A Great Weekend Project
(originally on hometime.com
Homemade patio furniture is an excellent weekend project to complement a deck or patio. With a good set of instructions, a few basic power tools, and a little know-how, the results can be outstanding.
For this project, we selected the classic Adirondack style patio furniture founded in the resorts and lodges of the Adirondack Mountains. What makes this style unique—particularly the chairs -- are the rounded backrest, wide armrests, slatted seat and angled supports that give it a reclined look.
Also, we decided to use cedar, but pine is also commonly used for outdoor furniture. It weathers faster than redwood or cedar. But if you're painting the chair, pine is also a good choice.
Building Adirondack furniture involves some special angle cuts, so a detailed plan really plays a key part in getting good results. Our furniture plans came from Wood® Magazine and we've listed how to order the plans at the end of this project.
Making Adirondack Chairs
You'll probably want to build two chairs to make a set, so duplicate steps for the second chair when making the first.
Begin by cutting all the 1x boards (various widths) to length. Then rip cut them to width according to your plan. To keep track of each piece, label them with a pencil (i.e. "B" for back boards).
The back boards are called splats. Slide them together and using a compass, mark a half circle on the boards. Our plan called for a radius 3 1/2" from the side with a 2 15/16" radius on each end board. Cut the outside edge of the marks with a jig saw then sand them down smooth to the pencil mark.
Angle cut the front slats of the seat to wrap around the front edge. Also, angle cut the cross piece that supports the splats in back. Saw the rounded slat supports and assemble the seat section.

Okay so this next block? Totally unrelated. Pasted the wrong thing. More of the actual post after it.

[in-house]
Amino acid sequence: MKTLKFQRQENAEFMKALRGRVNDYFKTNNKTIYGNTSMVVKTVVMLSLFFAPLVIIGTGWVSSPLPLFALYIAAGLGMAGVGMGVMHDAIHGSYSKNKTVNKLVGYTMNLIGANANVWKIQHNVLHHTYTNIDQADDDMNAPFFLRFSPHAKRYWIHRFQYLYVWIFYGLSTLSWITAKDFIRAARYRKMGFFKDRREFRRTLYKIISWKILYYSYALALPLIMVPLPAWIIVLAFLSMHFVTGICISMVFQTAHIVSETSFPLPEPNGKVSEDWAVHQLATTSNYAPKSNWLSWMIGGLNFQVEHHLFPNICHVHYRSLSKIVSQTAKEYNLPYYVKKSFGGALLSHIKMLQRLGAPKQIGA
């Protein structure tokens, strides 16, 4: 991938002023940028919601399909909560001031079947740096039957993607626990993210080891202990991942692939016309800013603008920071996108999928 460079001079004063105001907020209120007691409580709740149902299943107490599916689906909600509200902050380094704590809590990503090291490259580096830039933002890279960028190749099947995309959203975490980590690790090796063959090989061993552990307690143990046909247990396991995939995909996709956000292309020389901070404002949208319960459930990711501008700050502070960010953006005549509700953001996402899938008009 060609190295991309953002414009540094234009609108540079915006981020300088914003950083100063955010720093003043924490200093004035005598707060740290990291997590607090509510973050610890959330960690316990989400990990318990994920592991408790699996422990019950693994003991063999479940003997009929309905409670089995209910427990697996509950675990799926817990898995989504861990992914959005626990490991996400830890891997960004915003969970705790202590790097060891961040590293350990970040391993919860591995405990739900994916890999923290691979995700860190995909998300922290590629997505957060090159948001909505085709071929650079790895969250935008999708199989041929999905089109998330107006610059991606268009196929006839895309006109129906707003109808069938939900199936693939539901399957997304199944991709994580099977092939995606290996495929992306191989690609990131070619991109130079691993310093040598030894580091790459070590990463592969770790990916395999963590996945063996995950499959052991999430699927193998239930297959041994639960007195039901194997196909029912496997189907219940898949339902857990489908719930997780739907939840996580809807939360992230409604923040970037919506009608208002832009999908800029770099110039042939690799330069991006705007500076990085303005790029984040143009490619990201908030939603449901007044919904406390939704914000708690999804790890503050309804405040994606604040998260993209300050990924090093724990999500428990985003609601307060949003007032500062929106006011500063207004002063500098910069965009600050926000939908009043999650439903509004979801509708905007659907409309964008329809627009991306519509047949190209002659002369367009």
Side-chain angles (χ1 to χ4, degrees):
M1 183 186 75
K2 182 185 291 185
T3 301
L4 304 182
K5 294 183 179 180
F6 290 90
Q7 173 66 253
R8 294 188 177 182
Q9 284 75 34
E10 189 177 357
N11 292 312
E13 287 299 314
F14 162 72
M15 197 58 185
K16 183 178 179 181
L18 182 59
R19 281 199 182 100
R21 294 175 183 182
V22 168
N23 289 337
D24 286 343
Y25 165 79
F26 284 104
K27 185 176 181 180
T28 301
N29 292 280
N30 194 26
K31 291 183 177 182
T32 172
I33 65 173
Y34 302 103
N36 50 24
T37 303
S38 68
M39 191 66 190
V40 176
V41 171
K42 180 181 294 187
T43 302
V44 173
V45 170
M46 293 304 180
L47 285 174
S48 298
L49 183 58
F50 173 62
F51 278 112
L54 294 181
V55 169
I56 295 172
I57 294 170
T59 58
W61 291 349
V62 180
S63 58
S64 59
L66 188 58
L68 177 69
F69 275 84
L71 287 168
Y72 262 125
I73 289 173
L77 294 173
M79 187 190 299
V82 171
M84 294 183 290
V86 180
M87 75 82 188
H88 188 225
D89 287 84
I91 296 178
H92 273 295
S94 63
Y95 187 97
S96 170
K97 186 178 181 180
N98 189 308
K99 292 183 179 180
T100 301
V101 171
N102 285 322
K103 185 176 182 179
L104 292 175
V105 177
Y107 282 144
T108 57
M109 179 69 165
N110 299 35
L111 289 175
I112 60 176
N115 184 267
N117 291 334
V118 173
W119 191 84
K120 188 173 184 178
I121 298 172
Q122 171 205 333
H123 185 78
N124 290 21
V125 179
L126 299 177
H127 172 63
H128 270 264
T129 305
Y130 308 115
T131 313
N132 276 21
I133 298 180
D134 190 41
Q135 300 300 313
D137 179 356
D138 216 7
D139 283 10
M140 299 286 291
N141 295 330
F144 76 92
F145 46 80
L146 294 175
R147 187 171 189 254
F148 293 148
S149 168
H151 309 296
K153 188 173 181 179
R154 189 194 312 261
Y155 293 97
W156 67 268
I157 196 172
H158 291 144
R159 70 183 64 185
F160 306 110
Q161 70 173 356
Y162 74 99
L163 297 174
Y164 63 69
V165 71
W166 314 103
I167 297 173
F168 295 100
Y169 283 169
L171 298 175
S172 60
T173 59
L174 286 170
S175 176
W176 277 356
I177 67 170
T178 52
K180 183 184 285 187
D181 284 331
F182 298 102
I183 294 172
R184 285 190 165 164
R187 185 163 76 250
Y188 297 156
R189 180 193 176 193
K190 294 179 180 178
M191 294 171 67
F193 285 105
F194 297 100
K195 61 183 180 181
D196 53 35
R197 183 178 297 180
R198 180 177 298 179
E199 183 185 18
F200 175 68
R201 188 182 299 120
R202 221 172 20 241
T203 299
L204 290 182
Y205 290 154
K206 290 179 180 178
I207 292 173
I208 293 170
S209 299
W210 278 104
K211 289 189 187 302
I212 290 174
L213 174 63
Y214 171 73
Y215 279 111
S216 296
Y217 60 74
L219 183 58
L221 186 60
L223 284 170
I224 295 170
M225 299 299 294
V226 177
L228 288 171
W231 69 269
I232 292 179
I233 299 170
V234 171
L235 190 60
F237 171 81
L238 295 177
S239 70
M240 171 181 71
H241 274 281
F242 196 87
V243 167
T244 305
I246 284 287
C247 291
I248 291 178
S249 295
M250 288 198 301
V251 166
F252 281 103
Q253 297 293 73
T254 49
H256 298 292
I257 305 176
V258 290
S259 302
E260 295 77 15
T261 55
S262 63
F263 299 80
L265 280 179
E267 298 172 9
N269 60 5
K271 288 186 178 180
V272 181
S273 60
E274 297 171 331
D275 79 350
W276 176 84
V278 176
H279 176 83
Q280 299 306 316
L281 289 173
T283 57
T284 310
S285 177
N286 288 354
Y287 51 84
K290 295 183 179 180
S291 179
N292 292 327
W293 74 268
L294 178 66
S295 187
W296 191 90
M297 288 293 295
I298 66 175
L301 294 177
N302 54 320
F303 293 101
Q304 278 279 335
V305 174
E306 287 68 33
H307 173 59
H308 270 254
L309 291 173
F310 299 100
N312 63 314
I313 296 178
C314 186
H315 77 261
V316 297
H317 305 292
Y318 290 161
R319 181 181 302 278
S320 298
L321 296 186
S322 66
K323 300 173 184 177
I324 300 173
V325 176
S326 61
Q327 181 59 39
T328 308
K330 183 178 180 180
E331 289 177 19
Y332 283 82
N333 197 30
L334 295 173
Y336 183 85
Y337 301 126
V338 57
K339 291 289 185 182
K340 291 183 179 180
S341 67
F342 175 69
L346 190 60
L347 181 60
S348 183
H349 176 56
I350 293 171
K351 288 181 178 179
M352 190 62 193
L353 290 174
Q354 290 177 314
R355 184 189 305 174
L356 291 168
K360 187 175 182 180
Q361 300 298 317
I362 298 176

Saw the armrests according to the plan's full-sized pattern. We tacked them together and cut both armrest boards at the same time.
Next, mark the lap joints for the armrests and middle back support. Cut them perfectly square so the ends of the armrests overlap the ends of the support. Pre-drill, glue and fasten the armrests to the support. We countersank the holes with a Forstner bit so we could later plug them.
Cut out the back legs that support the slats. These cuts are a bit tricky. Each leg is narrow at the bottom and wide at the top, and both ends are mitered cut. We made two chairs, so we made a jig to guide the cuts through the saw so all the legs would be the same.
Saw the front legs and the pie-shaped armrest supports. Mark and pre-drill screw holes through the legs and seat supports. We also used another jig to space the holes. Then fasten the legs to the slat supports.
Glue and screw the splats to their upper and lower cross member supports. Gap the splats on the lower support and a scrap piece the same height, then fasten the splats to the support. Flip the unit over and clamp the upper support in place. Again, flip the unit over, gap the splats and fasten the upper support.
Fasten the armrest assembly to the front legs, set the splat unit on its support (angling the bottom in without stressing the glued joints) and fasten them together in back.